Editor’s Note: There are many rewards in working for a literary magazine that has lasted nearly six decades. None greater, though, than the chance to receive messages of the sort that came in just the other day, when we heard from Dr. Cynthia Haft, a former student of the French scholar and theater critic Rosette Lamont. Lamont translated into English essential works by Charlotte Delbo—a French resistance fighter, deported to Auschwitz, who survived to make memory her lifework. Dr. Haft also happens to be Delbo’s goddaughter; in fact, she introduced Lamont to Delbo, and the rest, as they say, was history. Our magazine owes great debt to Rosette Lamont, who passed away in 2012; we published her nearly a dozen times—most notably, perhaps, her essay on Delbo’s work and her translation of Delbo’s “Phantoms, My Faithful Ones.”
(Program inscribed with a message to Haft from Rosette Lamont: "Voici le programme de ce très beau spectacle. Avec ton nom bien en evidence. Tu aurais beaucoup aime cette production.")
She was the joy of life encapsulated. To be sure, a very tiny capsule —but don’t good things always come in small packages? Through her eyes spoke her heart, her smile, and her passion. As my French literature professor at the Masters and then Doctoral level, in 1971 Rosette directed my doctoral dissertation on “The Theme of Nazi Concentration Camps in French Literature,” later published in the Hague. Its primary subjects were three authors: Charlotte Delbo, Jorge Semprun, and Elie Wiesel. Of these, Rosette was familiar with the last two; she began to read Charlotte as we started to discuss her work. Then I introduced her to Charlotte in Paris, because I knew the two had to meet. And soon after, Rosette had changed Charlotte’s literary life forever.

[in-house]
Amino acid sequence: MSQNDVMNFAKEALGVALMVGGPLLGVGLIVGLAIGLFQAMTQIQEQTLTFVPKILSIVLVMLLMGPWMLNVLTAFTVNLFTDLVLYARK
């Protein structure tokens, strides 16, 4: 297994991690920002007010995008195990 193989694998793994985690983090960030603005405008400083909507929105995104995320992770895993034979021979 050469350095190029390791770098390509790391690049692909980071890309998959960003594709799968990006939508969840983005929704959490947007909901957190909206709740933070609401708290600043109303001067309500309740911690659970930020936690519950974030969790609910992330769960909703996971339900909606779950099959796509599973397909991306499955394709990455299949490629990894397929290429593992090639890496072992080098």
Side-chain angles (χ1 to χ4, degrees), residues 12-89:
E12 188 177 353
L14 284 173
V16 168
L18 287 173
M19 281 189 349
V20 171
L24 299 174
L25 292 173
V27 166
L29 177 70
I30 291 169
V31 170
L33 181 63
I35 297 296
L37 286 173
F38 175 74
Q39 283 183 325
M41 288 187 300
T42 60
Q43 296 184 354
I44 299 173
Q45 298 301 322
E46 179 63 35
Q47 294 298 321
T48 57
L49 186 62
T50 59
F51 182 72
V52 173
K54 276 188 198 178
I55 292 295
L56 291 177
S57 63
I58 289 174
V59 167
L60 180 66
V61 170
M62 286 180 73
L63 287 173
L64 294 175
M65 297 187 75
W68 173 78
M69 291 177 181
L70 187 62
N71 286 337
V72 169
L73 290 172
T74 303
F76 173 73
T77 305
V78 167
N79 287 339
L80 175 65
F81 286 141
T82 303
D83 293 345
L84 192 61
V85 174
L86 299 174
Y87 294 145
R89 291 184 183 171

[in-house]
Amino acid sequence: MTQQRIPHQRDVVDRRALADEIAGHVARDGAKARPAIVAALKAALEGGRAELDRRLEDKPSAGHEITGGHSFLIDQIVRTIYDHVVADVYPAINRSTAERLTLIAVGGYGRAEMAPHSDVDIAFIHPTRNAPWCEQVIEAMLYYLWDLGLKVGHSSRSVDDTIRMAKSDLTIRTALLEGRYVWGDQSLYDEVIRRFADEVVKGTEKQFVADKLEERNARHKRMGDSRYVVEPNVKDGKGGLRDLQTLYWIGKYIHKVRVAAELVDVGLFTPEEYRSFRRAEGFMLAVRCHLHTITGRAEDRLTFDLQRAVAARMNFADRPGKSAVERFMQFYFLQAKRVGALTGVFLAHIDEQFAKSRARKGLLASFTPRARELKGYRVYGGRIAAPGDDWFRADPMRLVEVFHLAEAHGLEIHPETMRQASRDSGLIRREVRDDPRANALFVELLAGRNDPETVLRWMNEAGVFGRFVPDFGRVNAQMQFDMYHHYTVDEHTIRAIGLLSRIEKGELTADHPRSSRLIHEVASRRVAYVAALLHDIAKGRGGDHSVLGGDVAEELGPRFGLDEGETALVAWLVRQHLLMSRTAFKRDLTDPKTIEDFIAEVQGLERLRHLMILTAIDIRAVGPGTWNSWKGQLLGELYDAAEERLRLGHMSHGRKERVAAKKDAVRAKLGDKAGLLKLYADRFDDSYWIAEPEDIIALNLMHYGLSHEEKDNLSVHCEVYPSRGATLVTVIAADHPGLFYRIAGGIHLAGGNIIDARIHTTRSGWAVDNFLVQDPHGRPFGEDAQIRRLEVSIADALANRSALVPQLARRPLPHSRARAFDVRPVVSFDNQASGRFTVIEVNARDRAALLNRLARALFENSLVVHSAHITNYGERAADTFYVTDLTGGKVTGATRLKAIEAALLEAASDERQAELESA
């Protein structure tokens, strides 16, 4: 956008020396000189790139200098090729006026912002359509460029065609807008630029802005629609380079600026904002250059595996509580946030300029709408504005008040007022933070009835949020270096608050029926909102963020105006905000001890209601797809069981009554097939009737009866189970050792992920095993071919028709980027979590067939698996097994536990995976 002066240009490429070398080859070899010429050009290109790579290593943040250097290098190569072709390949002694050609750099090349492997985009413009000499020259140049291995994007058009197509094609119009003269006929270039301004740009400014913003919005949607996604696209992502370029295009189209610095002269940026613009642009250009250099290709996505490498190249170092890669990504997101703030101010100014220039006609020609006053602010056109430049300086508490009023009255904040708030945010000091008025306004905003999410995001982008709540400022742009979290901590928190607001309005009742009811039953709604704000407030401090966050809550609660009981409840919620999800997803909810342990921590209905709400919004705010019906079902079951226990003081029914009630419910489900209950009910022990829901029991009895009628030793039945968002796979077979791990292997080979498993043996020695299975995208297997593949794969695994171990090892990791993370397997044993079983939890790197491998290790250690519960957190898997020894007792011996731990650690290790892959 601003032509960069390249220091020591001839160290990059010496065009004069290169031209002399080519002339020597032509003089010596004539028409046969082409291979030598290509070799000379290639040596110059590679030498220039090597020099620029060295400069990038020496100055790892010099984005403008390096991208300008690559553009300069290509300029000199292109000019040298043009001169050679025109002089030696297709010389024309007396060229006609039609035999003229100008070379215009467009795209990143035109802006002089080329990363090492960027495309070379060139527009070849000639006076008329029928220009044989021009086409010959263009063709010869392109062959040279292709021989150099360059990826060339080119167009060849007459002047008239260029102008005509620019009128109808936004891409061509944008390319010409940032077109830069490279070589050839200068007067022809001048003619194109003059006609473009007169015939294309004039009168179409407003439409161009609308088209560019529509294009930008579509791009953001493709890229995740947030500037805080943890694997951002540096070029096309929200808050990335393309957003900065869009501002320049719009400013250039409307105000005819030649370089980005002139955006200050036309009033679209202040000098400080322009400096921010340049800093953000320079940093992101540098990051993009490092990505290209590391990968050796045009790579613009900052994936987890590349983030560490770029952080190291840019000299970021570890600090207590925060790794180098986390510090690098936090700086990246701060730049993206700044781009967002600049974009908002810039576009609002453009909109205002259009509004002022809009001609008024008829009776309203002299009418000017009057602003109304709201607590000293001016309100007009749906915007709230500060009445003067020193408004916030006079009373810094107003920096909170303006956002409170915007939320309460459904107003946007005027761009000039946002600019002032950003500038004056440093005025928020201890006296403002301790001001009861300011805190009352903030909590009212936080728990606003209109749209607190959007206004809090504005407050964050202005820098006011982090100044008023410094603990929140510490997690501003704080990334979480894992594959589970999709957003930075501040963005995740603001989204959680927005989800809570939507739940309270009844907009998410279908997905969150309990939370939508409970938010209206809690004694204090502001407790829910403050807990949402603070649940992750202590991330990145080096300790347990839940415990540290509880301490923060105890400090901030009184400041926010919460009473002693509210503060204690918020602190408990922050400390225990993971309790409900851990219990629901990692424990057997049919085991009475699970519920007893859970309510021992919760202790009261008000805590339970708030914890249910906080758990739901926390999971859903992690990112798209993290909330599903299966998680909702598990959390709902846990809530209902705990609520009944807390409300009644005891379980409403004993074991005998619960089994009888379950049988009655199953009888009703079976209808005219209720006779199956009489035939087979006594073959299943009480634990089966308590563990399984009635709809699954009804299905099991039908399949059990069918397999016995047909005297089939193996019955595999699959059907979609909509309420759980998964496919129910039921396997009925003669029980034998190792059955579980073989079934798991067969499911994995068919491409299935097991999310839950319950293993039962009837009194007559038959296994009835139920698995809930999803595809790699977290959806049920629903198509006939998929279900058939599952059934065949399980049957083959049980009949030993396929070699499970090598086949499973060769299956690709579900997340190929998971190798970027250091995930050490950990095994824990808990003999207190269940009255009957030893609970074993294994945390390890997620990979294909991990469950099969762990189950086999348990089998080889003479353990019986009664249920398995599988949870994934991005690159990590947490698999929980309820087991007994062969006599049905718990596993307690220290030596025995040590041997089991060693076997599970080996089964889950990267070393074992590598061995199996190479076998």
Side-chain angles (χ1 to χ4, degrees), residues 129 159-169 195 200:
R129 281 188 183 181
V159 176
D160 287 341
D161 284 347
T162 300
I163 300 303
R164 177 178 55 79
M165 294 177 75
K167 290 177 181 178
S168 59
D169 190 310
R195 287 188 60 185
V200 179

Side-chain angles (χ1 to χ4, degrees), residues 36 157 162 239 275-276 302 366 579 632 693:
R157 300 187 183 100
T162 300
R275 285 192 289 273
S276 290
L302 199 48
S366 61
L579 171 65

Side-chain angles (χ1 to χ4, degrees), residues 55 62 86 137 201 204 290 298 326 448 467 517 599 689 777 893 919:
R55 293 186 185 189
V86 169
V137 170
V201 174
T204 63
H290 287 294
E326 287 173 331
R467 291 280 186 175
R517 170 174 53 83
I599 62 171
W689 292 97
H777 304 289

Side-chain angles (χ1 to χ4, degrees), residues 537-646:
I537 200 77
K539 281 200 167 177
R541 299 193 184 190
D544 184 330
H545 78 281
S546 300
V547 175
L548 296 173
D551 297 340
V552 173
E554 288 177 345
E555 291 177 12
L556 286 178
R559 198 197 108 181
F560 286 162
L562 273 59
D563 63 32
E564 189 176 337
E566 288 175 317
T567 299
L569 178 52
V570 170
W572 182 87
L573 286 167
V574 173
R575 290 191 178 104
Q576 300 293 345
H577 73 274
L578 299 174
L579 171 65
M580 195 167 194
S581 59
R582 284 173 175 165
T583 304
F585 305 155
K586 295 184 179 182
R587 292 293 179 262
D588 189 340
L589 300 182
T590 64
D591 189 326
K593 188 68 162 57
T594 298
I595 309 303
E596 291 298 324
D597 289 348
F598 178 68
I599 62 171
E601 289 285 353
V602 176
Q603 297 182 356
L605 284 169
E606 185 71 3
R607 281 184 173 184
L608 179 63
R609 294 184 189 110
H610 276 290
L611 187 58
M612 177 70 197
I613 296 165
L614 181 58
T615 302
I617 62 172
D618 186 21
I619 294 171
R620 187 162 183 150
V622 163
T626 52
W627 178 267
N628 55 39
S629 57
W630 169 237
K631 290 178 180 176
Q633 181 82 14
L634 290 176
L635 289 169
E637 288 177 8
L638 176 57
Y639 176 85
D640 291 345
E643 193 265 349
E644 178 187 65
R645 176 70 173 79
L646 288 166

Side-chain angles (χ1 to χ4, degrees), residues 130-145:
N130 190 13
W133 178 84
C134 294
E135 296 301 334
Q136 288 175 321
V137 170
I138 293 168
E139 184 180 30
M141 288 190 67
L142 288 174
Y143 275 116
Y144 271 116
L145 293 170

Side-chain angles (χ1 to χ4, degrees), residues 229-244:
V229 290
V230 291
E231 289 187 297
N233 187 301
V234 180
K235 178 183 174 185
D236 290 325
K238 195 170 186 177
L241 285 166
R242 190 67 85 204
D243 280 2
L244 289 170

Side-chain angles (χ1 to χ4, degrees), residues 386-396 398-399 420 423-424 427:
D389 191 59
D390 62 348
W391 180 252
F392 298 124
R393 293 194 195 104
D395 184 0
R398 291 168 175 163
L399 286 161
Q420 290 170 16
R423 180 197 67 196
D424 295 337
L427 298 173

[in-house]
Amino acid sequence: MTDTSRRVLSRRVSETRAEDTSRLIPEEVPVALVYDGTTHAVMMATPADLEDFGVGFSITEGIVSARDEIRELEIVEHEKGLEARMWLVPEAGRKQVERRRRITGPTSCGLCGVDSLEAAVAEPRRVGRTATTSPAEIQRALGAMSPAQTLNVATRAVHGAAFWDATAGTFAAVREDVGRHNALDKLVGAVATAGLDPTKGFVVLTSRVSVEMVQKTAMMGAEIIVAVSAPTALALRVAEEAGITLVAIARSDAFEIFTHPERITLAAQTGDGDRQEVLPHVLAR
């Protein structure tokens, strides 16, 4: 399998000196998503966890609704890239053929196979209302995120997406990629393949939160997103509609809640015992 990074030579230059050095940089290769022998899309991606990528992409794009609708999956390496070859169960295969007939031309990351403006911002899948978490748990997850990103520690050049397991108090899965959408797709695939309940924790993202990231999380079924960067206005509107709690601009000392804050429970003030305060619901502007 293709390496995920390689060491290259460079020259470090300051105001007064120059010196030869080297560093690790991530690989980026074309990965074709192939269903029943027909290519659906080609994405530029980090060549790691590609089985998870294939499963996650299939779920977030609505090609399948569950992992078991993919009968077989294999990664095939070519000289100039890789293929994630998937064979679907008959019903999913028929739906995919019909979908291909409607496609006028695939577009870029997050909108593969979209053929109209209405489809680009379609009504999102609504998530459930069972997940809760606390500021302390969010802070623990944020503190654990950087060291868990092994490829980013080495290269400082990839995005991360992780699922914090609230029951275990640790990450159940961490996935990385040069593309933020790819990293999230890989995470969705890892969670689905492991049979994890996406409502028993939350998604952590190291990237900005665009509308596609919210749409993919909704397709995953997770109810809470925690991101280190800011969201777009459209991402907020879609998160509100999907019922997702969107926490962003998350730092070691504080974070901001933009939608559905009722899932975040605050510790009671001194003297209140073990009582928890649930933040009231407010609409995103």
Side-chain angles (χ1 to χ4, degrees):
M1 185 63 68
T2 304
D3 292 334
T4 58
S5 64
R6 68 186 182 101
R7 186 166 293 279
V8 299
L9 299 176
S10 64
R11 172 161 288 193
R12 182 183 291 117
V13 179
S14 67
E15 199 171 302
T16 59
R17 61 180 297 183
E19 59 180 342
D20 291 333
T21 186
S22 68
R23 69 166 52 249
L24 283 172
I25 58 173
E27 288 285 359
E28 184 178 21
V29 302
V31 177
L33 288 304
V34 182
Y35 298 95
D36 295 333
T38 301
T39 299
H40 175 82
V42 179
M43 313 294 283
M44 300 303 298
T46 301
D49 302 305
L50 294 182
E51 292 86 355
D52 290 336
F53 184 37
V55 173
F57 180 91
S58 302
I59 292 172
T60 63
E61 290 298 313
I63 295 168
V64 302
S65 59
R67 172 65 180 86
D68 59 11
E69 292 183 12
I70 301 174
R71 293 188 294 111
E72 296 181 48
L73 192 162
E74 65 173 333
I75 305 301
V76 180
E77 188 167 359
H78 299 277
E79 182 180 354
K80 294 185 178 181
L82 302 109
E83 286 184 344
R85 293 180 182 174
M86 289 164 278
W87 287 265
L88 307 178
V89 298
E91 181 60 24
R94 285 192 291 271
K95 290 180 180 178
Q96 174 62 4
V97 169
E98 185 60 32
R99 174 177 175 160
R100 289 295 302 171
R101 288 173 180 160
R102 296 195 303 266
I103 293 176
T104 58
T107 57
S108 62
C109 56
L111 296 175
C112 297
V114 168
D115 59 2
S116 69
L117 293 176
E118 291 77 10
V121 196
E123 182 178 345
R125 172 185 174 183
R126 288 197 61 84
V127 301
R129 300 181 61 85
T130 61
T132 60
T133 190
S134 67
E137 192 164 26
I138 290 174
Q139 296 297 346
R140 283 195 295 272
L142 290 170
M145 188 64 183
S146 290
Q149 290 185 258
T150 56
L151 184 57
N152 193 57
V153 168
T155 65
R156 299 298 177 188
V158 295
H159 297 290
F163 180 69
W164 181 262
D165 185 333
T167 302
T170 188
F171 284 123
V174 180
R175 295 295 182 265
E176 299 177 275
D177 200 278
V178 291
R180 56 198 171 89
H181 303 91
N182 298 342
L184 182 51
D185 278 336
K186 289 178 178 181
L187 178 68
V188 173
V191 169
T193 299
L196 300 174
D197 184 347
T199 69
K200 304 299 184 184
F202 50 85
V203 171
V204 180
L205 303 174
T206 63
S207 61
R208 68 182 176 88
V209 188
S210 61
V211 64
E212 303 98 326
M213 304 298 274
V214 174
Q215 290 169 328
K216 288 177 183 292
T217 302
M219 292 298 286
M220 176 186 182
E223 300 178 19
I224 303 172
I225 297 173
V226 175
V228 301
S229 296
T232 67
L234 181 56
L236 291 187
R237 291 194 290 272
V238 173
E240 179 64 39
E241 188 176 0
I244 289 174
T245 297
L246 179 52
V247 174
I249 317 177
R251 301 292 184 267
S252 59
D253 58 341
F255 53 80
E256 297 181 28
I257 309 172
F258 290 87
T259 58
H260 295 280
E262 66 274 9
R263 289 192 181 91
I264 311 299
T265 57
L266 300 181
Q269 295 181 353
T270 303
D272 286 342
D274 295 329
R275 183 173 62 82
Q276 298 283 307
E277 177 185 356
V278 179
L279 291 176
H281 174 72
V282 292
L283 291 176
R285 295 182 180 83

Rosette published a translation of Charlotte’s trilogy, Auschwitz and After. She also wrote articles and published other shorter works by Charlotte, most importantly “Phantoms, My Faithful Ones” in the Massachusetts Review. She truly loved, admired, and revered Charlott’es life and lifeworks. She invited Charlotte to speak about her work in the United States—fulfilling another of Charlotte’s dreams. Until overcome by her illness and the sadness in her own life, Rosette remained faithful to Charlotte.
Rosette was struck by tragedy twice. Her beloved mother was murdered while Rosette and her husband were in Paris; her mother had accompanied her there during a sabbatical leave. This fractured the joy of Rosette’s life, no doubt for the rest of her time. And then her husband Fred—whom she chose later in life—left her. No one close to Rosette had approved of, or even liked, Fred. We had all hoped to be proven wrong. To our great despair, we were not.
Rosette was made of love and for love. Love of literature. Love of the pen. Love of writing and composing, though she was always more a critic and believer in others than an author herself. She remained devoted to her goals and her loves for as long as nature permitted her to do so. By championing their work, Rosette also permitted others to achieve their goals, just as she did when she brought the works of Charlotte Delbo to American readers.
A great debt is owed.
CYNTHIA HAFT is a translator and researcher currently living in Jerusalem. Haft met Delbo in New York while Haft was in her teens and translated a number of Delbo's works into English.